That iconic black-and-white parental advisory sticker you see on CDs containing violent and/or sexually explicit content may soon be appearing on video games, if the governor of Illinois has his way.
Governor Rod Blagojevich proposed legislation on Thursday (December 16) that would require mature-themed video games to carry warning stickers, while making it illegal for retailers in Illinois to sell or rent those games to minors, according to the governor's spokesperson. Stores that allow children access to games such as "Grand Theft Auto: San Andreas," "Halo 2" and "Mortal Kombat: Deception" would face a Class A misdemeanor, punishable by up to one year in prison and a $5,000 fine.
Likewise, stores that don't clearly label violent and sexually explicit video games as such would be subject to fines of $1,000 for the first three violations, and $5,000 for future infringements. Stores would also be required to post signs that explained the ratings system already in use by the video-game industry.
The content warnings issued by the Entertainment Software Ratings Board — E for everyone, T for teens and M for mature — are merely parental suggestions. So it is not a criminal offense for stores to sell M-rated games to minors, a practice that a July 2003 report by the Federal Trade Commission determined to be commonplace. Seventy-eight percent of children ages 13 to 16 could buy mature titles easily, according to the FTC study.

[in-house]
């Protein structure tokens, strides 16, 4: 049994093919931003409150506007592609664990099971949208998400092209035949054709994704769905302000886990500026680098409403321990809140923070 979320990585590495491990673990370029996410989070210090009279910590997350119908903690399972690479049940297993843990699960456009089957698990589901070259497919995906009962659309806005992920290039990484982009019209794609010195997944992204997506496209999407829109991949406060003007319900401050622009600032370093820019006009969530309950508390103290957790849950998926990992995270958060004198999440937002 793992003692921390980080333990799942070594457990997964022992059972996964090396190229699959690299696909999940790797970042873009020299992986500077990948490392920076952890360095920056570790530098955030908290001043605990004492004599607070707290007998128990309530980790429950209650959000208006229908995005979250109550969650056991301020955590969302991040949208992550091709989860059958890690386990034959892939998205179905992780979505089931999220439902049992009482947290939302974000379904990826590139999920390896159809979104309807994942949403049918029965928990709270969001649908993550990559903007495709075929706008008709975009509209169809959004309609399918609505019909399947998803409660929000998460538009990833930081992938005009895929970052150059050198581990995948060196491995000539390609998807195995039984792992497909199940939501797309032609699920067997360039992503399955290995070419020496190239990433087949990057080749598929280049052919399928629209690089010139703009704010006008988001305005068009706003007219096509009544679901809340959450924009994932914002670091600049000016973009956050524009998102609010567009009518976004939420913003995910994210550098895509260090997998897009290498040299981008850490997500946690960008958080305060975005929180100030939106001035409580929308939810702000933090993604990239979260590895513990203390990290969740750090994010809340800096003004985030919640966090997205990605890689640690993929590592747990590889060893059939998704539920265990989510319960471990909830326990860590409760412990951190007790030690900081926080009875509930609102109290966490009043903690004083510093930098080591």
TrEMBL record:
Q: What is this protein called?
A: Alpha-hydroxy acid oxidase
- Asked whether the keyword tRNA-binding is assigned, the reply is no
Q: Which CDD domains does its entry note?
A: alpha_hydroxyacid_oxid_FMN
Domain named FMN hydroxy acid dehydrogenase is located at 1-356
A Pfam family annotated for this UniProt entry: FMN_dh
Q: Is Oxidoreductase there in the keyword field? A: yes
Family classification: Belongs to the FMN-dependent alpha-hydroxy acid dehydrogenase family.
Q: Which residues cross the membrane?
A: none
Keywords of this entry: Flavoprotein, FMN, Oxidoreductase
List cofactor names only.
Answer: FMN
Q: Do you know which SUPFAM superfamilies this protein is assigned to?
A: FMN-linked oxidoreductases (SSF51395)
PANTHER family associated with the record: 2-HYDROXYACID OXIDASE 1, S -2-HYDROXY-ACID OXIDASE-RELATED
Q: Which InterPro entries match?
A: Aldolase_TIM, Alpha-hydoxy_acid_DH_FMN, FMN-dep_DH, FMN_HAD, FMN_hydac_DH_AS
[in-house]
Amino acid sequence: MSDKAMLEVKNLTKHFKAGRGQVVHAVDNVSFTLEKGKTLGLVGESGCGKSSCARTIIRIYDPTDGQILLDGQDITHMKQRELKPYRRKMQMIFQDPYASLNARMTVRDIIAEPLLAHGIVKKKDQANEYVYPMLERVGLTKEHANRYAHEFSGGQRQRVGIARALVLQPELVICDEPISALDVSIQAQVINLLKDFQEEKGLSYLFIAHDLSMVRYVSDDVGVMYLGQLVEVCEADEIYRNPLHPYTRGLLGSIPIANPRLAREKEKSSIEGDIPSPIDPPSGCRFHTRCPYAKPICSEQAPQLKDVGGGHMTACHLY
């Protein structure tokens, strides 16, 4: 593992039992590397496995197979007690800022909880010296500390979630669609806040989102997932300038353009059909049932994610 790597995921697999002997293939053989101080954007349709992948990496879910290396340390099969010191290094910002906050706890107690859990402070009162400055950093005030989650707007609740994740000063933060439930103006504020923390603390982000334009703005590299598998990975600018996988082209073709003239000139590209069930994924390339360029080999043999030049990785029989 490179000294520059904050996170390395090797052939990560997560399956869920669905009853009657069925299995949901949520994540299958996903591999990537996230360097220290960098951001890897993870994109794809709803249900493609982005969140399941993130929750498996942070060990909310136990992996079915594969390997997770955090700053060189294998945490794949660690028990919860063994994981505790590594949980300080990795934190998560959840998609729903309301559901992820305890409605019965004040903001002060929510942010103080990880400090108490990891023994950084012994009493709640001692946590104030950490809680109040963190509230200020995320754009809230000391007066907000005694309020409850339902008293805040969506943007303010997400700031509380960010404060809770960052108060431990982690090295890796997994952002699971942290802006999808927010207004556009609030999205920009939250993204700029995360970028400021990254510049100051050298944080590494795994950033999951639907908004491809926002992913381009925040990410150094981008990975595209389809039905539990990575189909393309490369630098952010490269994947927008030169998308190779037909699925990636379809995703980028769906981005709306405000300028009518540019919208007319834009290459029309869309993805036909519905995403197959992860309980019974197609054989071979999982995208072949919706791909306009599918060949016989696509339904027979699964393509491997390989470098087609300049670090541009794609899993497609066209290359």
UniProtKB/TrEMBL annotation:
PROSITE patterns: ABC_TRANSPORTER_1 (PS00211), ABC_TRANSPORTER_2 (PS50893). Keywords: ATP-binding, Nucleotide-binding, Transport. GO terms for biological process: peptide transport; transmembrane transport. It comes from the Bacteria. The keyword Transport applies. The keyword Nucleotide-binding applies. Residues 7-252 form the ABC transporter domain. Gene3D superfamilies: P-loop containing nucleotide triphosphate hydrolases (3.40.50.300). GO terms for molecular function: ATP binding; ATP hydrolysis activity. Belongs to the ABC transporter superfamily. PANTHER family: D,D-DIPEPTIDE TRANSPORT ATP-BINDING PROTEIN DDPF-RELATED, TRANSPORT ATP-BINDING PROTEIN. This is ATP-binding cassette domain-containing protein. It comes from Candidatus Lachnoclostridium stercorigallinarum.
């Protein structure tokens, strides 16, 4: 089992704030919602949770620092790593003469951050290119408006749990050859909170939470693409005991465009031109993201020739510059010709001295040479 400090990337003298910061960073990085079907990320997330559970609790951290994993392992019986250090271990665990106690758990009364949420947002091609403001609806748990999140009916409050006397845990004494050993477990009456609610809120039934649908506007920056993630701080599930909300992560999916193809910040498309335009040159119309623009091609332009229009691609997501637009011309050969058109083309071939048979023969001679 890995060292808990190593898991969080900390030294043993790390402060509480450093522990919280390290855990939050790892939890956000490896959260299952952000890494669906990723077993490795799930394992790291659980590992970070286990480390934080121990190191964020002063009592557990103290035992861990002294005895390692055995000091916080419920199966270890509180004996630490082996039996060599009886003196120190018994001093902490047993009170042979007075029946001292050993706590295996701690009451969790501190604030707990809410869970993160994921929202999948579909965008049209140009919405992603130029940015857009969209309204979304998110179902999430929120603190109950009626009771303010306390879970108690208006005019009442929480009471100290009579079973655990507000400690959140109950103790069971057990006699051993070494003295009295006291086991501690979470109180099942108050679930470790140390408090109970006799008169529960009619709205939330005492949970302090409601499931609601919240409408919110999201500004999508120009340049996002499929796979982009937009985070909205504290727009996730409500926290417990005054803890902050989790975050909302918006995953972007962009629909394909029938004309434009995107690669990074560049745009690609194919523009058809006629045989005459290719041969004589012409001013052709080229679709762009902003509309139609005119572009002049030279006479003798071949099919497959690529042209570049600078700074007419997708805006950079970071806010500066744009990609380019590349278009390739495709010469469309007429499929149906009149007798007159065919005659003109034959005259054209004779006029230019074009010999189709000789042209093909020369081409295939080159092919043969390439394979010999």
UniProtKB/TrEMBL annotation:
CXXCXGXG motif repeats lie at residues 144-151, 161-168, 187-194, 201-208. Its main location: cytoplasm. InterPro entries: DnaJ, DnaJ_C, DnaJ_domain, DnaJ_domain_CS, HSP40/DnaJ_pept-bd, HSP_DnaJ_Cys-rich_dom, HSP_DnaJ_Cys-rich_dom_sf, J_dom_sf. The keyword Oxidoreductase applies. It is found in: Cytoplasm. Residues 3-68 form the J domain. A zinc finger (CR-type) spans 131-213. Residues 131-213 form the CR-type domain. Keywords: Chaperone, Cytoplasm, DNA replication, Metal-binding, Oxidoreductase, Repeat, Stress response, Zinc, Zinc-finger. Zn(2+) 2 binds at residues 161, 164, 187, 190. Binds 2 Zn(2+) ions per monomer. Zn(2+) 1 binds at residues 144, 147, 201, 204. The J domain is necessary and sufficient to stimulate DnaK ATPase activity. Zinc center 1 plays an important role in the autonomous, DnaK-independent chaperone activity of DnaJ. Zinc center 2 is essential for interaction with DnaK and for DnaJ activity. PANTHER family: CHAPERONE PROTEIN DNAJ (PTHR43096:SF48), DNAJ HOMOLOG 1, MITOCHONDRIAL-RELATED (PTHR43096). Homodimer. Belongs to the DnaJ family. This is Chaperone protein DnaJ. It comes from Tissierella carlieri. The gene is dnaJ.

The Illinois bills — one for violence and one for sexually explicit content — define violent games as those that realistically depict human-on-human violence and sexually explicit ones as realistically depicting male or female genitalia.
Should the bills pass when lawmakers consider them in mid-January, Illinois would be the first state to prohibit the sale or distribution of violent and sexually explicit games to children. Other states have tried, however.
In July, a judge squashed a Washington state ban on violent games because it exclusively targeted games that depicted violence against police officers, which was ruled a violation of free speech. Last year, courts struck down laws in St. Louis County, Missouri, and Indianapolis that required minors to have parental consent before buying or playing mature titles.